Global Politics

by Andrew Heywood

Chapter 12 Notes: Terrorism

  • What is terrorism?
  • What are the key perspectives on terrorism?
  • Has the nature of terrorism changed in recent years?
  • Has terrorism 'gone global'?
  • How significant is modern terrorism?
  • How can, and should, the threat of terrorism be countered?

Until the 1990s, terrorism was widely considered to be a security concern of the second order, often being ignored by standard text books on international politics. However, the events of 11 September 2001 changed this dramatically, encouraging a major reappraisal of the nature and significance of terrorism. For some, what was variously dubbed 'new' terrorism, 'global' terrorism or 'catastrophic' terrorism had become the principal security threat in the early twenty-first century, reflecting the fact that, in conditions of globalization, non-state actors (in this case terrorist groups) had gained important advantages over states. Beyond this, the inauguration of the 'war on terror' suggested that resurgent terrorism had opened up new fault lines that would define global politics for the foreseeable future. However, terrorism is both a highly contested phenomenon and a deeply controversial concept. Critical theorists, for example, argue that much commonly accepted knowledge about terrorism amounts to stereotypes and misconceptions, with the significance of terrorism often being grossly overstated, usually for ideological reasons. How should terrorism be defined? Why and how have scholars disagreed over the nature of terrorism? Does modern terrorism have a truly global reach and a genuinely catastrophic potential? Disagreements over the nature and significance of terrorism are nevertheless matched by debates about how terrorism should be countered. Not only are there divisions about the effectiveness of different counter-terrorism strategies, but there has also been intense debate about the price that may have to be paid for protecting society from terrorism in terms of the erosion of basic rights and freedoms. Should terrorism be countered through strengthening state security, through military repression or through political deals, and what are the implications of such strategies?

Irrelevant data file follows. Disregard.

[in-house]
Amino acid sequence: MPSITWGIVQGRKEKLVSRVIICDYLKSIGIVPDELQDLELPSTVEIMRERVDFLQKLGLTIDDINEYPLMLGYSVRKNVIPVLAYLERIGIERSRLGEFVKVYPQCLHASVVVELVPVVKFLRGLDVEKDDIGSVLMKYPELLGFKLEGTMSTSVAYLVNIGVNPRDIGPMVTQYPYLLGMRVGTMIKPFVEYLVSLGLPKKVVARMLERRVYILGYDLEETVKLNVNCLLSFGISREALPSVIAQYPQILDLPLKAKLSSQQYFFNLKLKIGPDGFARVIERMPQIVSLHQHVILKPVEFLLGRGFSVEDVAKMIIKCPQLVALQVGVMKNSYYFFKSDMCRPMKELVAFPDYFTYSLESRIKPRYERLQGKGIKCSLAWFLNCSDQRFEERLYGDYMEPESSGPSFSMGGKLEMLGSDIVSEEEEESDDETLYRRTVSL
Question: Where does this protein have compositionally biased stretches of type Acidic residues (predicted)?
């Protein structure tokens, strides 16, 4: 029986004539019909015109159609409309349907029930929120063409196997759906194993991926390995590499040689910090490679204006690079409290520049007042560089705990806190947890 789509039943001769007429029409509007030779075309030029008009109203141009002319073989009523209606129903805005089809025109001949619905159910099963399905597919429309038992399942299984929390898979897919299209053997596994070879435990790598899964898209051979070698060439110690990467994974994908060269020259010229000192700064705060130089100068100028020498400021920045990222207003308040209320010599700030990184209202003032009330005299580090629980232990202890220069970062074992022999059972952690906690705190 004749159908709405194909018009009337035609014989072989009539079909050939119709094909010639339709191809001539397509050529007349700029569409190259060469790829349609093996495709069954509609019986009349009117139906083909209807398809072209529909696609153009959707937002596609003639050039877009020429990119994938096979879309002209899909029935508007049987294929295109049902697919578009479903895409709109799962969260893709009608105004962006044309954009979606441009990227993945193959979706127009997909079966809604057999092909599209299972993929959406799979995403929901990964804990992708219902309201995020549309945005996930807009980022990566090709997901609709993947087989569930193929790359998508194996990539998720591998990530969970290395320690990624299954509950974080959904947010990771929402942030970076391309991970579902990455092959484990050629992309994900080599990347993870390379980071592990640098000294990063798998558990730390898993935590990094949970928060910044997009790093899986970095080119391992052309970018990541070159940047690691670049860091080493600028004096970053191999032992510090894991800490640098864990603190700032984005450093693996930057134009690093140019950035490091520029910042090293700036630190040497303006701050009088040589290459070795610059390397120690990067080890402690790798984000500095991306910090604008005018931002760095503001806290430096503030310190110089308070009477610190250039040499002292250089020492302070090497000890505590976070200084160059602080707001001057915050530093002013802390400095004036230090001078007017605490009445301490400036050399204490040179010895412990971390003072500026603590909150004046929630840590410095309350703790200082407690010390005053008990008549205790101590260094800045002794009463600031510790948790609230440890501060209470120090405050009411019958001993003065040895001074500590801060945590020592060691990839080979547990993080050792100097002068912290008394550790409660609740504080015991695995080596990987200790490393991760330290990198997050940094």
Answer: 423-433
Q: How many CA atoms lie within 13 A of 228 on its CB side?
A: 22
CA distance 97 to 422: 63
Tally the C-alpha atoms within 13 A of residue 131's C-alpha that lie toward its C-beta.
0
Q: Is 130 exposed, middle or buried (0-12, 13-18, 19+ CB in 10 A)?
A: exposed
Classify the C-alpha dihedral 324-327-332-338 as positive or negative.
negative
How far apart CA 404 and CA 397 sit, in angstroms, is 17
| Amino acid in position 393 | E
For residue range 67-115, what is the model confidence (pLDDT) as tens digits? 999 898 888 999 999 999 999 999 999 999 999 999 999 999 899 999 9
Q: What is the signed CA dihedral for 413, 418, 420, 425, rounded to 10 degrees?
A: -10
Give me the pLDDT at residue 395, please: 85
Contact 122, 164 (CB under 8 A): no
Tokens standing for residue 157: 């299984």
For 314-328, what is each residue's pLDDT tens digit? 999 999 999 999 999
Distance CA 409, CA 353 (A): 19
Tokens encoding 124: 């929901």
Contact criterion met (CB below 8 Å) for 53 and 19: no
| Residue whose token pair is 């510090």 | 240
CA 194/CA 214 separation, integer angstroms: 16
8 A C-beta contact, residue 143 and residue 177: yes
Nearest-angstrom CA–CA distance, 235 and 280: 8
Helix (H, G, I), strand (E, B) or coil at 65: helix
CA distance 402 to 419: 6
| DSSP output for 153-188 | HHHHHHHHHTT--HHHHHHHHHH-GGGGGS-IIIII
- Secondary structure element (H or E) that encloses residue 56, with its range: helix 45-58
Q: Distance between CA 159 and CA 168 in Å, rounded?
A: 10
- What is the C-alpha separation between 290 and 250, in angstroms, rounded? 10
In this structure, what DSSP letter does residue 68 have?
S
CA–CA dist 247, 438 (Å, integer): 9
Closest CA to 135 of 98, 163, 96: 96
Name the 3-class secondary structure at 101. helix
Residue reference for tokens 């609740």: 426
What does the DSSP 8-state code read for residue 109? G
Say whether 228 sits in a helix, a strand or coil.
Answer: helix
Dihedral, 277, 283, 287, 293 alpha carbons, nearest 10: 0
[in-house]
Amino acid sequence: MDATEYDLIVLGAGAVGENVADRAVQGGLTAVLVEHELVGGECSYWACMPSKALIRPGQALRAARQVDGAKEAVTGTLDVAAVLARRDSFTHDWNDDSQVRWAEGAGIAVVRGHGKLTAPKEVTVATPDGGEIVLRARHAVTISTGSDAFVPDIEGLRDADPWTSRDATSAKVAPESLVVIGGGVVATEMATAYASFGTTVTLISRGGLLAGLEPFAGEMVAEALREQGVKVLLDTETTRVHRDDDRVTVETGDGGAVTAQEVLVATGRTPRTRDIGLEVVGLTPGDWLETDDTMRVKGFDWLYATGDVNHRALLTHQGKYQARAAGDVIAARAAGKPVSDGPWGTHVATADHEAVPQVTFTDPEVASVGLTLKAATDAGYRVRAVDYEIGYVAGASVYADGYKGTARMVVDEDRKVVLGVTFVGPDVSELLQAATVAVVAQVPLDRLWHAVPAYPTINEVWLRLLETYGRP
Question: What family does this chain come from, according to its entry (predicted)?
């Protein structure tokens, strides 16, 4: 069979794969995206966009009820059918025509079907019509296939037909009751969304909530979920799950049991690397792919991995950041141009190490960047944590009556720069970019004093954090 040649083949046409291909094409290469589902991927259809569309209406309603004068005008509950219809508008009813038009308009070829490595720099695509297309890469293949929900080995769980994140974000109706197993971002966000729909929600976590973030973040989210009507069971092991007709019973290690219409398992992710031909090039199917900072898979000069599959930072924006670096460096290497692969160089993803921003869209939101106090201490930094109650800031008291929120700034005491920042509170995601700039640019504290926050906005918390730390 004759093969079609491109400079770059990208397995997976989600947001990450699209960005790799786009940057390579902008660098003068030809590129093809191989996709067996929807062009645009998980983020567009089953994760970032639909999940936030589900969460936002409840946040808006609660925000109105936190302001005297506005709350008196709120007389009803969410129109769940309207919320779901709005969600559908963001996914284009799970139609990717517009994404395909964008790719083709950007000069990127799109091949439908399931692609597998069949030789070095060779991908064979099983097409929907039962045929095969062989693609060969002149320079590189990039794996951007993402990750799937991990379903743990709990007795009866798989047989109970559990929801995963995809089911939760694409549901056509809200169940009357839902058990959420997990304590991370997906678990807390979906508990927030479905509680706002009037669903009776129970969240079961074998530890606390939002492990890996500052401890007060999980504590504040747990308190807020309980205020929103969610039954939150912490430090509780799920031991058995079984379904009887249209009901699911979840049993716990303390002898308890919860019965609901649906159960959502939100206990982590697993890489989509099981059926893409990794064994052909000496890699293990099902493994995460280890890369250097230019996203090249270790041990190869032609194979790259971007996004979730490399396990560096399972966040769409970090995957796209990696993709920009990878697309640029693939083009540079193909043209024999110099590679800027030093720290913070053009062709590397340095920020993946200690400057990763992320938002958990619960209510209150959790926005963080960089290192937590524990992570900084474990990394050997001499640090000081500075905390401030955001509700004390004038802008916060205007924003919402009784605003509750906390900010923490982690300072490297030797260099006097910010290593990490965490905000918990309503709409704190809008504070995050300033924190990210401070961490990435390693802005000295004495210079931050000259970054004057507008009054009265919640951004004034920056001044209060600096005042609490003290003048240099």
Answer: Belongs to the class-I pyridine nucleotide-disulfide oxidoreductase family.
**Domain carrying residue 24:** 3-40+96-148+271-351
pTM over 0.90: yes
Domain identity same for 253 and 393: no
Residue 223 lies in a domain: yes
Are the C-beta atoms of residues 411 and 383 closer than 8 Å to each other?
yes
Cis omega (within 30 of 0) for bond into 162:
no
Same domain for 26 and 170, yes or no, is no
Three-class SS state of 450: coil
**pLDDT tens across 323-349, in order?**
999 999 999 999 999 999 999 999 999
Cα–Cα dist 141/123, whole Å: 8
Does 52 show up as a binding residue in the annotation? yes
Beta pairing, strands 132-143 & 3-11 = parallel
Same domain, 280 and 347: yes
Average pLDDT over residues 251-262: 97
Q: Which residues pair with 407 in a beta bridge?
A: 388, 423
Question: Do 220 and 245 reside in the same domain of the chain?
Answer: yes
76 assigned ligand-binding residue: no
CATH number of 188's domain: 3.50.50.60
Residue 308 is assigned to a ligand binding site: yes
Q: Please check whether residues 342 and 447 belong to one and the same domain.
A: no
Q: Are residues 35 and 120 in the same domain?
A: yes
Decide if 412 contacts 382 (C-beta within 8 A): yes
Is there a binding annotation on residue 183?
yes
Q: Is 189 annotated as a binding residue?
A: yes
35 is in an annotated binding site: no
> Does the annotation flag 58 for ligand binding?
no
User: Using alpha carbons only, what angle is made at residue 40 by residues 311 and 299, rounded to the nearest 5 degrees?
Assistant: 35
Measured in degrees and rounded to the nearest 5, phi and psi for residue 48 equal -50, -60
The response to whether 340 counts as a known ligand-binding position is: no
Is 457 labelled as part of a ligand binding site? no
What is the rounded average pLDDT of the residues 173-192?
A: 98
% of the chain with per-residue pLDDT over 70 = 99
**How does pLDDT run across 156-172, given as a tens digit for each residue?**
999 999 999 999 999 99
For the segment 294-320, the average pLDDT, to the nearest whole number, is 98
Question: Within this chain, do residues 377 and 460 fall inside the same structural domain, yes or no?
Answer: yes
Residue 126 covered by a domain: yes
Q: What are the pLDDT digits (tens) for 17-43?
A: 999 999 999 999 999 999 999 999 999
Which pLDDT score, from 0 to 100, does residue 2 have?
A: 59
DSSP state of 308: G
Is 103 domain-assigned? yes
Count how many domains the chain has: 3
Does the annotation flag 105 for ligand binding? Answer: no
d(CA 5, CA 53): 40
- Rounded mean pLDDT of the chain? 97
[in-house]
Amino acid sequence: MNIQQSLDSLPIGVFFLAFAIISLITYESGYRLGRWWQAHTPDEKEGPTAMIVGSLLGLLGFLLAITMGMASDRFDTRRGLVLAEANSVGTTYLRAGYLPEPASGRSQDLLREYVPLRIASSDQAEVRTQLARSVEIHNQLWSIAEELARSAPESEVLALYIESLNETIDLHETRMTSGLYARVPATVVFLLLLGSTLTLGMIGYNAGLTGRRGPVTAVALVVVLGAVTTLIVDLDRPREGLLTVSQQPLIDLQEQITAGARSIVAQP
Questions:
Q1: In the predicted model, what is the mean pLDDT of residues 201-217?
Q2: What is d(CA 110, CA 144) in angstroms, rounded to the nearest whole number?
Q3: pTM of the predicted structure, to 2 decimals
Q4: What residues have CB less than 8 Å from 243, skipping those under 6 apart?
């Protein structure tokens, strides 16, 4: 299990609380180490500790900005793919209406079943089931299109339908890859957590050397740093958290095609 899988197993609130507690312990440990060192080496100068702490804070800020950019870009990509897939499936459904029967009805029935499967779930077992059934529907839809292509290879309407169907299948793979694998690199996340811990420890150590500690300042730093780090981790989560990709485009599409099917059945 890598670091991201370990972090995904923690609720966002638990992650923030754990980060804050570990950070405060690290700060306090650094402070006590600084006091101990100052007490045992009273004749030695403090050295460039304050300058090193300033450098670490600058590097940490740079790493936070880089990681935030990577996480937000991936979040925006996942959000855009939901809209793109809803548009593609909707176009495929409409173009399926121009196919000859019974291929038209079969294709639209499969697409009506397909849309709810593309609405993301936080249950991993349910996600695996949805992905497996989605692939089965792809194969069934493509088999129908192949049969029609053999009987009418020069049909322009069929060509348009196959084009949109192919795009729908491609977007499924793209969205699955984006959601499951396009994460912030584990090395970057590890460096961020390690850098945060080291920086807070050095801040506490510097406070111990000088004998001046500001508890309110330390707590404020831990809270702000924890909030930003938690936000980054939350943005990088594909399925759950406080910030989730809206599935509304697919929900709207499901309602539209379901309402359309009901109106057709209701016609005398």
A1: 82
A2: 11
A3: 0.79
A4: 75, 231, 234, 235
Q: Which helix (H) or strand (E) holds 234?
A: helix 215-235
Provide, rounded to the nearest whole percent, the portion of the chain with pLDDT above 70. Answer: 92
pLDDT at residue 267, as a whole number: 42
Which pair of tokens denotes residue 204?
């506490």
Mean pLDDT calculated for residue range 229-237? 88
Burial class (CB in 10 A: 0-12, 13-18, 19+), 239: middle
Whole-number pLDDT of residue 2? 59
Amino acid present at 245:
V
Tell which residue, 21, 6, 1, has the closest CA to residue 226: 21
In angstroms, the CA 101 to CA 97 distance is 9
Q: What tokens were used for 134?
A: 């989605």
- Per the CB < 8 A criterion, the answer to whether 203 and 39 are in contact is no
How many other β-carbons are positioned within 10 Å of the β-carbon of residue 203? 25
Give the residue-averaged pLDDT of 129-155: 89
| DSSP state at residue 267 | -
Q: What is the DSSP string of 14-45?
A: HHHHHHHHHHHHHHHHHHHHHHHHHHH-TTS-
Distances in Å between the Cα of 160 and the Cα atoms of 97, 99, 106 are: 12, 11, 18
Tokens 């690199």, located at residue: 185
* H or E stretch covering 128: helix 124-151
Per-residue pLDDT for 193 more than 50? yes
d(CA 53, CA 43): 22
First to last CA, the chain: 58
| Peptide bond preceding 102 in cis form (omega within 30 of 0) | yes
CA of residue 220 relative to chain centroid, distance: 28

• Terrorism, broadly, refers to attempts to further political ends by using violence to create a climate of fear, apprehension and uncertainty. Terrorism is nevertheless a deeply controversial term, not least because it is highly pejorative and tends to be used as a political tool. Mainstream, radical and critical perspectives offer quite different views on the nature of terrorism and the value of the concept.
  • Proponents of the idea of 'new' terrorism suggest that since the 1990s a more radical and devastating form of terrorism has emerged whose political character, motivations, strategies and organization differs from 'traditional' terrorism, particularly in the growing importance of religious motivation. But serious doubts have been cast on the value of this distinction.
  • It is widely assumed that September 11 marked the emergence of a profoundly more significant form of terrorism, which can strike anywhere, any time. However, although many accept that there are important links between modern terrorism and the processes of globalization, many have questioned whether terrorism has genuinely gone global.
  • The impact of terrorism has increased supposedly because of the advent of new terrorist tactics and because of easier access to, and a greater willingness to use, WMD. However, critical theorists argue that the threat of terrorism has been greatly overstated, usually through discourses linked to the 'war on terror' and often to promote the 'politics of fear'.
  • Key counter-terrorism strategies include the strengthening of state security, the use of military repression and political deals. State security and military approaches have often been counter-productive and have provoked deep controversy about the proper balance between freedom and security.
  • Effective solutions to terrorism have usually involved encouraging terrorists to abandon violence by drawing them into a process of negotiation and diplomacy. Although such an approach has sometimes worked in the case of nationalist terrorism, it has been seen as an example of appeasement and as inappropriate to dealing with Islamist terrorism.